For Cineuropa, Mina Stanikic interviews Anniken Hoel, whose Cause of Death: Unknown won the Best Foreign Documentary award at Michael Moore’s Traverse City Film Festival this summer. Produced by Andrew Grant, the film is an investigation into how and why the pharmaceutical industry pushes its anti-psychotic drugs. Says Hoel: “When we started getting threats, we knew that we were looking in the right areas.”
“This is the part of my career where I wanna start stringing together great roles,” Miles Teller says to David Marchese at Vulture. “People outside of the business will think of me however they want, but I want people inside the business to see everything I can do. I gotta get moving.”
Several Daily entries have been updated in the past day or two, four of them with fresh interviews: Ai Weiwei (Human Flow), Sean Baker (The Florida Project), Robin Campillo (BPM (Beats Per Minute)), Todd Haynes (Wonderstruck), and Armando Iannucci and Steve Buscemi (The Death of Stalin).
Willem Dafoe is Marc Maron’s guest on the WTF Podcast (82’07”).
On the new episode of Filmwax Radio (75’24”), Adam Schartoff talks with Rachel Grady and Heidi Ewing about their new documentary, One of Us, “a deep and moving look at the lives of three individuals who have chosen to leave the hugely insular world of Hasidic Judaism,” and with Todd Haynes.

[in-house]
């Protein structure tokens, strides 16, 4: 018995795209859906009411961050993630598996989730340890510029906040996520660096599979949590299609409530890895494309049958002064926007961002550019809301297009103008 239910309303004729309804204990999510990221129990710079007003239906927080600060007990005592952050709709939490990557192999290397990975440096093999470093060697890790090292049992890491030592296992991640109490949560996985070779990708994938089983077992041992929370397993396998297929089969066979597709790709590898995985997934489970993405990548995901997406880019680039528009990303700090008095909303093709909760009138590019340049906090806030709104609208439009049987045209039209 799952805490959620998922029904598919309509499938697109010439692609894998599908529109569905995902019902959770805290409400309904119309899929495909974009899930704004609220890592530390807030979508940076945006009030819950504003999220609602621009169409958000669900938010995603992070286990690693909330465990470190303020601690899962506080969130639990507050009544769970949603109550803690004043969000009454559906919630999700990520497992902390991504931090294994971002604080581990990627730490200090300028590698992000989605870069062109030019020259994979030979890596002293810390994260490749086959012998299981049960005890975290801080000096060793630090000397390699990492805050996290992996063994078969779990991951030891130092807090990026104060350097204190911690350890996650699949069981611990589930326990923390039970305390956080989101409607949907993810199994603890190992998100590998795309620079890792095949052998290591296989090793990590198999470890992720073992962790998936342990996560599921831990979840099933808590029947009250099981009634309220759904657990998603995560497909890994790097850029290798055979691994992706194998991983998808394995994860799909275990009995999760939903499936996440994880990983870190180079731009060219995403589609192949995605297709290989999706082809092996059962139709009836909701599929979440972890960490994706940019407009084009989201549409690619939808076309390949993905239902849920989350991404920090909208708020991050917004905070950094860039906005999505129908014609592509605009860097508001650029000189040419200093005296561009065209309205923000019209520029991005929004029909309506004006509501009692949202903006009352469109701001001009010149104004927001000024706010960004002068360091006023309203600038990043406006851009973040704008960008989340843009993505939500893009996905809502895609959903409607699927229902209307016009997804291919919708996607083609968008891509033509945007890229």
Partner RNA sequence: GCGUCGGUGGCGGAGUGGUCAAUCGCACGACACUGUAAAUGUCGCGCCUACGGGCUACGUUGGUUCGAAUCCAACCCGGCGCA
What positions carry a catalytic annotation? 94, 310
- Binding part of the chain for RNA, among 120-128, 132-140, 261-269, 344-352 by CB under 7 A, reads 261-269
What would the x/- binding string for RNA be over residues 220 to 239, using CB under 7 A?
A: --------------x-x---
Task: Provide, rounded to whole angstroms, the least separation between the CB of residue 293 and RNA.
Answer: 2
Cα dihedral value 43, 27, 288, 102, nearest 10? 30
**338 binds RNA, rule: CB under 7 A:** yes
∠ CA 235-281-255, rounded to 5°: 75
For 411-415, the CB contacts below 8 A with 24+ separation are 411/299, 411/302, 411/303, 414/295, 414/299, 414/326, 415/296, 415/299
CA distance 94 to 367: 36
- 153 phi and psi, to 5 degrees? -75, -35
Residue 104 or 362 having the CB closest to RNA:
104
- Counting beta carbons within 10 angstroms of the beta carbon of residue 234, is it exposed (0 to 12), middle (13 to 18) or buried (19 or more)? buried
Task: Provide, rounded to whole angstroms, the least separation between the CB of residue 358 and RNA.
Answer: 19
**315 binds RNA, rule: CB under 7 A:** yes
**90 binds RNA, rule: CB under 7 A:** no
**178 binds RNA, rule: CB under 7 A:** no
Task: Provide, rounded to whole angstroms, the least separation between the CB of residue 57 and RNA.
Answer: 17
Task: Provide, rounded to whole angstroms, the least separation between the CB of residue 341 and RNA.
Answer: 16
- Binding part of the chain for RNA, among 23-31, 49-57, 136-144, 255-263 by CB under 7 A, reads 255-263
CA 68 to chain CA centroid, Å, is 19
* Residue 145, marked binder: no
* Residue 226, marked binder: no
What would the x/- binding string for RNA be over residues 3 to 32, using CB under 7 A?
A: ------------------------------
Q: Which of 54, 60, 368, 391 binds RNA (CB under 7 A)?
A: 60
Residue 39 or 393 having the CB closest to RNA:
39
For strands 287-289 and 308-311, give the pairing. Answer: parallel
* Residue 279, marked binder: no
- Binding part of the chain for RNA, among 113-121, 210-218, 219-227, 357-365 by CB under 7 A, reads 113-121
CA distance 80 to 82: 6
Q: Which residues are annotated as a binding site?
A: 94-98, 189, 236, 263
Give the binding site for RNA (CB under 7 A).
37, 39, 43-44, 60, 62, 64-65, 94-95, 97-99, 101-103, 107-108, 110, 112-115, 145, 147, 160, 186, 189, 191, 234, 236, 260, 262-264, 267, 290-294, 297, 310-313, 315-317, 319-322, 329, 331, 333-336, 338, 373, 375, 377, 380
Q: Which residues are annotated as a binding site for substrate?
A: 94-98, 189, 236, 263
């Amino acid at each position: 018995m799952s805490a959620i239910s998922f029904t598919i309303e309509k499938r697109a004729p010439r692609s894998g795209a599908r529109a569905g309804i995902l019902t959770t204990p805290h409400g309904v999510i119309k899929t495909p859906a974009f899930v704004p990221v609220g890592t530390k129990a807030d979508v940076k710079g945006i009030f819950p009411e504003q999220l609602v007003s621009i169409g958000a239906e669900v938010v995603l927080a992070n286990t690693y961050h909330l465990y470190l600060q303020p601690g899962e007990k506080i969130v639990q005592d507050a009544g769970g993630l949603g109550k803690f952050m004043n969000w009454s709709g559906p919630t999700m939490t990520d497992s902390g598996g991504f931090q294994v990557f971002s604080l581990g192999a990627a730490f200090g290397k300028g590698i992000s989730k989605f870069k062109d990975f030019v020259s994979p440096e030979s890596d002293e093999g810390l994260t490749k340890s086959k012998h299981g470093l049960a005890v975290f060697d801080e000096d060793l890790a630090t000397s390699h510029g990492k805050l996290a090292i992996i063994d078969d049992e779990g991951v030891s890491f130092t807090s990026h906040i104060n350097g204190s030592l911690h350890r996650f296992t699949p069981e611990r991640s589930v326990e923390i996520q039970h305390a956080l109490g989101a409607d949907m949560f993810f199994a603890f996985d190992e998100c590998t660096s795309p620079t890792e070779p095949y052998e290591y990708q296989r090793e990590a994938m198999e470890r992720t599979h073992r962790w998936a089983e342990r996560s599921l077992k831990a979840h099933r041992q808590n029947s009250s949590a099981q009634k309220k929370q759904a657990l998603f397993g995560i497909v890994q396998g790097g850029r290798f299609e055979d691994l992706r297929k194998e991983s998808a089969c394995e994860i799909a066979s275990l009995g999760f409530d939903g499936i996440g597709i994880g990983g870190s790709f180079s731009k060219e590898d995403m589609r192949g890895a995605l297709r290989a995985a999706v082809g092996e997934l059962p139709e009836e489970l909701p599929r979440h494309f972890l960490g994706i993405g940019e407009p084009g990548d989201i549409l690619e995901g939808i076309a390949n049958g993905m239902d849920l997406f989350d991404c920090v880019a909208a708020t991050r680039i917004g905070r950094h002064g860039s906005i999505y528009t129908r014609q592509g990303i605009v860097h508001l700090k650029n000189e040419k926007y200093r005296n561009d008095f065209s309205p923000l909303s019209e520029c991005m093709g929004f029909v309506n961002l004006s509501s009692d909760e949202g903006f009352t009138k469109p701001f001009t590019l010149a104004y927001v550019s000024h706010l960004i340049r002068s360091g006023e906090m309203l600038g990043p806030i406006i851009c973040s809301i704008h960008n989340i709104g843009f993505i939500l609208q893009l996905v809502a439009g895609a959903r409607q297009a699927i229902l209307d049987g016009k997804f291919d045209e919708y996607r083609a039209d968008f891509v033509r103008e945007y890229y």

At the recent New Yorker Festival, Jelani Cobb spoke with Ava Duvernay (Selma) “about growing up in South Central L.A., and how she got into an industry that was not made for her.” (8’47”).
Last November, Orlando Bagwell spoke with Madeline Anderson, “assistant director and editor on Shirley Clarke’s The Cool World before becoming the first black employee at the television station NET (later WNET). She worked with William Greaves on the renowned NET series Black Journal, where she produced and directed A Tribute to Malcolm X. Anderson left the program to make what has become her best-known film, I Am Somebody, a documentary about the 1969 hospital workers’ strike in Charleston, South Carolina.” Film Quarterly has video of two separate Q&As (37’53”) and (40’39”).